Jun 12 2019. view 121
Yes, Prime Minister is a political satire British sitcom written by Antony Jay and Jonathan Lynn and was popular as one of Britain’s best sitcoms and the series has received several BAFTA awards. Jay and Lynn also produced a stage adaptation of the sitcom with actors such as Simon Williams and Charlotte Lucas.
Amphitheatre Productions is bringing this beloved sitcom to the Sri Lankan stage this June with a 7-member cast consisting of Yasal Ruhunage, Jaliya Wijewardene, Abbasali Rozais, Minoli Peiris, Sahan Wijewardene, Kavinda Gunasekera and George Cooke.
Today, we speak to Directors Jaliya Wijewardene and Yasal Ruhunage about this year’s production, their directing styles and the challenges.
1. Tell us a little about Amphitheatre Productions?
JW: Yasal and I have been friends for over 20 years. We were both part of the Drama Society at Trinity College and we were part of several college productions for the Annual Inter-School Shakespeare Drama Competition, most notably Hamlet in 2004 directed by the late Prof. Ashley Halpe which won us the championship that year. I had to take a break from theatre when I went overseas for university but Yasal moved to Colombo for university and had the opportunity of being part of several of Indu Dharmasena’s productions during this time. We always had a dream of putting on an independent production at the Lionel Wendt and once I returned after university, we kept discussing it for a couple of years but our schedules never really aligned.
YR: So somewhere in 2014 -2015 we decided that we should just go ahead with it without planning too much. That’s how Amphitheatre was born. Jaliya came up with the name one night when we were driving back from somewhere. The Lionel Wendt was already fully booked for the year so we booked dates at the Bishop’s Auditorium. At that point, we didn’t even have a full cast! But everything fell into place quite well and here we are four years later. So far our productions have included Fifty-Fifty (2016), The Senator (2017) and Well, Mudliyar (2018), all of which are much loved vintage Ceylonese plays.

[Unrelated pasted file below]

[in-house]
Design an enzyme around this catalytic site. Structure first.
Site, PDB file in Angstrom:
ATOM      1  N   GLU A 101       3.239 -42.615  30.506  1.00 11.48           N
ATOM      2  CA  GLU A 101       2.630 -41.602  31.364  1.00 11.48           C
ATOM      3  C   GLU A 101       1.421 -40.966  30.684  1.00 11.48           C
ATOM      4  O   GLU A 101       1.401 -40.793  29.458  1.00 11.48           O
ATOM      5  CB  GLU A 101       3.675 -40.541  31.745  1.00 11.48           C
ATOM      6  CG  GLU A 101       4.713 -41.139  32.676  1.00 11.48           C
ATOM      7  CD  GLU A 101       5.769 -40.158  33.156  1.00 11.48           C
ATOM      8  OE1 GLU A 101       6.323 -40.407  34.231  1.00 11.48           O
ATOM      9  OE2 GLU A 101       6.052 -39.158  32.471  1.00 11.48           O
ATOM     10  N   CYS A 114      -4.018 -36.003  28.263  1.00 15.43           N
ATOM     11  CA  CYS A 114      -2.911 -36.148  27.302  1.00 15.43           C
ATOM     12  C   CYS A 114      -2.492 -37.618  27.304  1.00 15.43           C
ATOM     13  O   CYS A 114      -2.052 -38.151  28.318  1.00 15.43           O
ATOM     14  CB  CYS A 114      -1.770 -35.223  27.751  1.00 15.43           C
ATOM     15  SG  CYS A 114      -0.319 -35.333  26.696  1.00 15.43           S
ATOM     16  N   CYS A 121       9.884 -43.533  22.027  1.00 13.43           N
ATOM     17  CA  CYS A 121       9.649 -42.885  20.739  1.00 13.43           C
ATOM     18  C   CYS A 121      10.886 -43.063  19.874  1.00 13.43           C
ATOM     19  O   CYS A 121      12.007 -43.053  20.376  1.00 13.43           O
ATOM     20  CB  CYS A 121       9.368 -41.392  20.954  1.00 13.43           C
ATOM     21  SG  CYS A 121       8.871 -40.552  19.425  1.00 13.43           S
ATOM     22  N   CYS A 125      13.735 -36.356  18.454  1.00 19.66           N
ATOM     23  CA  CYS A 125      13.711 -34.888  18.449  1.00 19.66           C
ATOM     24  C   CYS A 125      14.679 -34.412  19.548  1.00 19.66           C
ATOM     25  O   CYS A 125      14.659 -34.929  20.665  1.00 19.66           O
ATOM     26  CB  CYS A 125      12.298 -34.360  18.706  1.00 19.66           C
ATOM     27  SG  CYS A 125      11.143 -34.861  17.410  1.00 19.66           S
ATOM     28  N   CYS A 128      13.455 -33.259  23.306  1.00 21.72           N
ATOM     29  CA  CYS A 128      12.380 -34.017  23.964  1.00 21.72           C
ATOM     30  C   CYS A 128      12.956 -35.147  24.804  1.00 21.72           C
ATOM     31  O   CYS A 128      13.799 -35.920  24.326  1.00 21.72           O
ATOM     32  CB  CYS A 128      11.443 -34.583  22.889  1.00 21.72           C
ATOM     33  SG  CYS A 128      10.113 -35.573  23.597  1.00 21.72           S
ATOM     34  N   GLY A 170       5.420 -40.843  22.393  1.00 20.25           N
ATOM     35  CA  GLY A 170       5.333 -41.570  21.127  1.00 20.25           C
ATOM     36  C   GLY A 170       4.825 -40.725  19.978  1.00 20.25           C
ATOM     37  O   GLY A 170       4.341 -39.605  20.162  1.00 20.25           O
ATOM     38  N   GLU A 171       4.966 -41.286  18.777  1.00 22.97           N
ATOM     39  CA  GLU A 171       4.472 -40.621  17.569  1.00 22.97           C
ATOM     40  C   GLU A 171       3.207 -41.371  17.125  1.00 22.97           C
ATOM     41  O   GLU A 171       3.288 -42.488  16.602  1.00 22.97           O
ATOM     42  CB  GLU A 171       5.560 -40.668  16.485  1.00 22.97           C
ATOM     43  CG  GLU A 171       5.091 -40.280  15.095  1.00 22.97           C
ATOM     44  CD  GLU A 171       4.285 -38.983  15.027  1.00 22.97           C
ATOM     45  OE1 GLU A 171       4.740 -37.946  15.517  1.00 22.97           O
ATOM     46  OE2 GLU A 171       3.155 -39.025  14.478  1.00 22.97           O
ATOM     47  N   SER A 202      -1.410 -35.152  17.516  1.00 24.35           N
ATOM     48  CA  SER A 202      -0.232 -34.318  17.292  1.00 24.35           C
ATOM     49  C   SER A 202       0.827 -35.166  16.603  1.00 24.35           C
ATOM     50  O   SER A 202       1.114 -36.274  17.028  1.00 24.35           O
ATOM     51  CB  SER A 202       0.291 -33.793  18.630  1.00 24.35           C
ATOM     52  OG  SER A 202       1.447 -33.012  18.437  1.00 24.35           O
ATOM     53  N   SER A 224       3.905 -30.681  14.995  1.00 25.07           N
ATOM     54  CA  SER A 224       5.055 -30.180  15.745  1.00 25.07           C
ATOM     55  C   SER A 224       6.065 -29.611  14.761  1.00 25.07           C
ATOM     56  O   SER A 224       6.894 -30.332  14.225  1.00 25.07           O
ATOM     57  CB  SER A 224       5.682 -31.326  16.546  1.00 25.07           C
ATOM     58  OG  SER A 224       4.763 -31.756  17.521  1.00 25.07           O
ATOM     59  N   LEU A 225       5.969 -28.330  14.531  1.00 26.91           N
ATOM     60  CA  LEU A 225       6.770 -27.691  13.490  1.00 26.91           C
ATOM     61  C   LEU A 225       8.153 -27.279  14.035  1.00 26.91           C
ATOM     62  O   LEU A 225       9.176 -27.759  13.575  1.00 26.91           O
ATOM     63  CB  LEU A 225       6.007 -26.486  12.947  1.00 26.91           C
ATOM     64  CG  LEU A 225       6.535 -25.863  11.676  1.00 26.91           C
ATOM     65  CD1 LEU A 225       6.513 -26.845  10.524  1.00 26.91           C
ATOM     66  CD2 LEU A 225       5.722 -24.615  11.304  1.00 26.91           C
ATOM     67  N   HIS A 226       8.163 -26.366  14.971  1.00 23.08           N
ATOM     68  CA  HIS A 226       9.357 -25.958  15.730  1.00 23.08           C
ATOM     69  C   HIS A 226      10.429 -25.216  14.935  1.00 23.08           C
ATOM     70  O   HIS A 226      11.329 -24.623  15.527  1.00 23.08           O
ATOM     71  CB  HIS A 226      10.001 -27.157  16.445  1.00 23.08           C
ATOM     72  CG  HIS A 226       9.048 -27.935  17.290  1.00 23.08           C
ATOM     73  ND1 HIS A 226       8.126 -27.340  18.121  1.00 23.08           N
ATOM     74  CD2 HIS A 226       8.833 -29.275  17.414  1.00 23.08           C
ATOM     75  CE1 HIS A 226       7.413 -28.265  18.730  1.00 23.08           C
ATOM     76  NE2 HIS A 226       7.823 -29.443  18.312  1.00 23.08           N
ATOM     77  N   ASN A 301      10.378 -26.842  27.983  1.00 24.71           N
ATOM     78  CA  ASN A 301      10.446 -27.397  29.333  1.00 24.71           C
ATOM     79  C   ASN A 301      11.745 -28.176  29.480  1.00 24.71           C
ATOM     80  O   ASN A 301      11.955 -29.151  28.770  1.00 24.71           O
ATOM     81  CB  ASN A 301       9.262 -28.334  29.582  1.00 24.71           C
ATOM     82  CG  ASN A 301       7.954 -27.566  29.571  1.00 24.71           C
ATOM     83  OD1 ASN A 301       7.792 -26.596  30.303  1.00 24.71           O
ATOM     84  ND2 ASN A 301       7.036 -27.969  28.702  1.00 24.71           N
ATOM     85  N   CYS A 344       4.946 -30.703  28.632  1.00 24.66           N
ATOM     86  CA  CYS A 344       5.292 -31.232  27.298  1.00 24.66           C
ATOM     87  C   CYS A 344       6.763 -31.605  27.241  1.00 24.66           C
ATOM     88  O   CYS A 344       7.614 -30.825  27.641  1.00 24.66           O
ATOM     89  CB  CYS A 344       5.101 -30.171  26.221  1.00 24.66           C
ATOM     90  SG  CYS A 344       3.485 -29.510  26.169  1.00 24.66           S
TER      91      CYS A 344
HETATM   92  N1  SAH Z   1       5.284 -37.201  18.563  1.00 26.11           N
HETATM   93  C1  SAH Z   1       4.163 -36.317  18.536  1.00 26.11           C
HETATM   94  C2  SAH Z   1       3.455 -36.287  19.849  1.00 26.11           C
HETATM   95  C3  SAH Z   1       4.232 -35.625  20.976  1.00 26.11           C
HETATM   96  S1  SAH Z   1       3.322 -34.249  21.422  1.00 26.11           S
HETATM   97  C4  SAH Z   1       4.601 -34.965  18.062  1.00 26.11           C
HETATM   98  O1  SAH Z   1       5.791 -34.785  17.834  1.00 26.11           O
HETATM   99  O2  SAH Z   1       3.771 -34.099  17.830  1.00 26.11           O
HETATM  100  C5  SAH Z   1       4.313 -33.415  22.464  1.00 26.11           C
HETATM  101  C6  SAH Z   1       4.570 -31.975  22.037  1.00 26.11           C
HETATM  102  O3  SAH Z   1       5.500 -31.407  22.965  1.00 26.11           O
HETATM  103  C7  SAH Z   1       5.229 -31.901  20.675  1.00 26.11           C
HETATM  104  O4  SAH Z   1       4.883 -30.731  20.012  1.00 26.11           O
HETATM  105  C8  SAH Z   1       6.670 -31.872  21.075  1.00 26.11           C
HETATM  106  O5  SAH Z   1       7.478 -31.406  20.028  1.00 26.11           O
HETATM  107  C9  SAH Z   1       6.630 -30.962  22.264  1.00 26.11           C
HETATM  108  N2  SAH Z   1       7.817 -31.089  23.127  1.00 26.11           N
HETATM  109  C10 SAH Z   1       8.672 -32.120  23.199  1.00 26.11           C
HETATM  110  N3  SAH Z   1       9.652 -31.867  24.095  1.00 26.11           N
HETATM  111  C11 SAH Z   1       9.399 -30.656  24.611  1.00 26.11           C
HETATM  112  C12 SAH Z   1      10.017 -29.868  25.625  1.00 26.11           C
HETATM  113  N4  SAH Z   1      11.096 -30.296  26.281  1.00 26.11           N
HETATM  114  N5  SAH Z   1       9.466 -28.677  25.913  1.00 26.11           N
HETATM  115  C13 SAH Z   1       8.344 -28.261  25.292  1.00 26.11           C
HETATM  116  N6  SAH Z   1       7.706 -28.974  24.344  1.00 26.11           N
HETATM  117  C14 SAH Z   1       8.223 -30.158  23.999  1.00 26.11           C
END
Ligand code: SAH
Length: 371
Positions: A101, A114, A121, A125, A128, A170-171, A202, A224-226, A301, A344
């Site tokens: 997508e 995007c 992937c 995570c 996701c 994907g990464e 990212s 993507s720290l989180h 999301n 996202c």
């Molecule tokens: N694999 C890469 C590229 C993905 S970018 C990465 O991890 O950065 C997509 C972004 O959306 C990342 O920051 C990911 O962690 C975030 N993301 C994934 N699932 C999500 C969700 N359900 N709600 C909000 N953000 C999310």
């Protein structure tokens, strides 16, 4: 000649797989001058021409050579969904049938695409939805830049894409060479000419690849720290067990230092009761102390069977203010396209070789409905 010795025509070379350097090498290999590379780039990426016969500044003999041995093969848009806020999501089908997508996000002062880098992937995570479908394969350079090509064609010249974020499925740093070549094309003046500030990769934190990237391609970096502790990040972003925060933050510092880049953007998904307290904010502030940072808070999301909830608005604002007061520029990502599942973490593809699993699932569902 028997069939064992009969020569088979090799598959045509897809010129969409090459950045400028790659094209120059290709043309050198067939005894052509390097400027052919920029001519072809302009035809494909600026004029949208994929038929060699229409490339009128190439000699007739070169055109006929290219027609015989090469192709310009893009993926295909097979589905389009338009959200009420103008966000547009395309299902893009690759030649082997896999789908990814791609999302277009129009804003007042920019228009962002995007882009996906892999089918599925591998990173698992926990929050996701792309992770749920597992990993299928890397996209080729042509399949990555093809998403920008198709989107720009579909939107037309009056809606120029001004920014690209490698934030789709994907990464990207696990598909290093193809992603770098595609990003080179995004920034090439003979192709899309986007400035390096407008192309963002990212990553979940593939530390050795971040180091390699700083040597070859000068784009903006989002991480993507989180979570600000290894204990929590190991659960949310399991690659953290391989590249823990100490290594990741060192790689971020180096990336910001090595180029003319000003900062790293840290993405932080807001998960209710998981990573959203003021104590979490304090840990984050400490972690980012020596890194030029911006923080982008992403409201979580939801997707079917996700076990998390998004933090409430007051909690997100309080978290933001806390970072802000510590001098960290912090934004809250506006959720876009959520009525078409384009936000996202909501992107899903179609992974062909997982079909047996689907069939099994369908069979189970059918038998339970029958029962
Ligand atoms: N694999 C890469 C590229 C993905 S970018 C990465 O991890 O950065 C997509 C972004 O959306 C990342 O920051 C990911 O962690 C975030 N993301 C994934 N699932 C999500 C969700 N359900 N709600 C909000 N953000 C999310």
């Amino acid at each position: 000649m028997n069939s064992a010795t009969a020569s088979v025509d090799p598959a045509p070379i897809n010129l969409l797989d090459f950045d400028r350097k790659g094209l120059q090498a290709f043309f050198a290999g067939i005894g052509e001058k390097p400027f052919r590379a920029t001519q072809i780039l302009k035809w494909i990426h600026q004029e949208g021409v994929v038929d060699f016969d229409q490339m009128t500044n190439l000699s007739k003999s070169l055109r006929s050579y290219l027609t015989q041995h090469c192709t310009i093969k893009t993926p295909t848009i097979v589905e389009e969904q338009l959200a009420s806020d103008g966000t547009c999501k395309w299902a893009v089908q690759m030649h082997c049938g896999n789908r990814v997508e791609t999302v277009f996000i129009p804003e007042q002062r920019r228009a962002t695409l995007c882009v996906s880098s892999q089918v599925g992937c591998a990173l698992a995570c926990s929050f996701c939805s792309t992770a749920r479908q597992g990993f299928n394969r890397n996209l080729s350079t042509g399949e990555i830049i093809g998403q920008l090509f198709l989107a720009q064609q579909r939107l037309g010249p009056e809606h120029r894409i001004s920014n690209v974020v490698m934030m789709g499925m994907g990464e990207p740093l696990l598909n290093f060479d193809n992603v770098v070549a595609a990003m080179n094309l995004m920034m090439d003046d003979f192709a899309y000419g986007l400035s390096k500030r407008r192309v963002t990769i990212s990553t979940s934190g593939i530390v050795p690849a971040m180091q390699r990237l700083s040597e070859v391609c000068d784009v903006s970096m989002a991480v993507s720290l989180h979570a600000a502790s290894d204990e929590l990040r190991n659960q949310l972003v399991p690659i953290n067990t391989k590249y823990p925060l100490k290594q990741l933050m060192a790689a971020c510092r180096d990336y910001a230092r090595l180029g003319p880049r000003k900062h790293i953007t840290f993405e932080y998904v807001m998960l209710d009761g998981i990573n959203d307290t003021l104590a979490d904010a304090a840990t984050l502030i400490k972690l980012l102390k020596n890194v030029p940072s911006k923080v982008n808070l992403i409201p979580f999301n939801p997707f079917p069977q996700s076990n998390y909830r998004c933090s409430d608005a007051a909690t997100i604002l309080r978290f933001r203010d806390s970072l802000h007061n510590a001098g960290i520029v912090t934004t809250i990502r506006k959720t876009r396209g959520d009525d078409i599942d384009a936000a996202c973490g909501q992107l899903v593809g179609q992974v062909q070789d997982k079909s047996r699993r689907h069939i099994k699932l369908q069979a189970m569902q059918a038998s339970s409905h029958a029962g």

2. This year’s production is Anthony Jay and Jonathan Lynn’s famous work ‘Yes, Prime Minister’. What is it about?
JW: “Yes, Minister” (1980-1984) and its sequel “Yes, Prime Minister” (1986-1988) were political sitcoms which gained immense popularity in the UK and around the world. Despite its comedic roots, both shows were acclaimed for the accurate and sophisticated portrayals of the power struggles between politicians and civil servants in the British government. This stage version is very interesting in that it takes these same characters and places them in a modern-day setting.
YR: The play revolves around the Prime Minister Jim Hacker, Cabinet Secretary Sir Humphrey Appleby, Principal Private Secretary Bernard Woolley, and Head of Policy Claire Sutton retiring to the Prime Minister’s country residence Chequers for a quiet weekend of brainstorming and strategizing which soon spirals into a wild night of panic and confusion! The TV series and the play are both popular because of its clever writing. However, the play also introduces elements of a classic British farce.
3. Was there a particular reason that you’ll picked ‘Yes, Prime Minister’ as your 2019 production?
YR: The main reason we chose this script for this year’s production was that both of us are huge fans of the original TV shows. We were looking to break away from the sort of plays we had done over the past three years and venture into something different. So, we decided to go with a British play, another thing that both of us are passionate about. We did look at a few options but this was the only play that struck a chord with us and it was also very close to our hearts. When we read the play, we knew straightaway whom we wanted to play the various characters so that made the final decision very much easier.
We never had to think too much when it came to choosing this play. As kids, we had no idea of what sort of politics the story worked with or if it had any semblance to our own in the country. We just revelled in the wordplay and the smart comebacks! Anyway, both the show and the play take jabs at the mechanics of the political machine rather than a direct hit at anything or anyone in particular. If any of it does resemble any situation that any country faces currently, it’s only a coincidence.
JW: And a testament to the brilliance of the writing!
4. Are there any variations made to Jay and Lynn’s script or does this production stick to the original?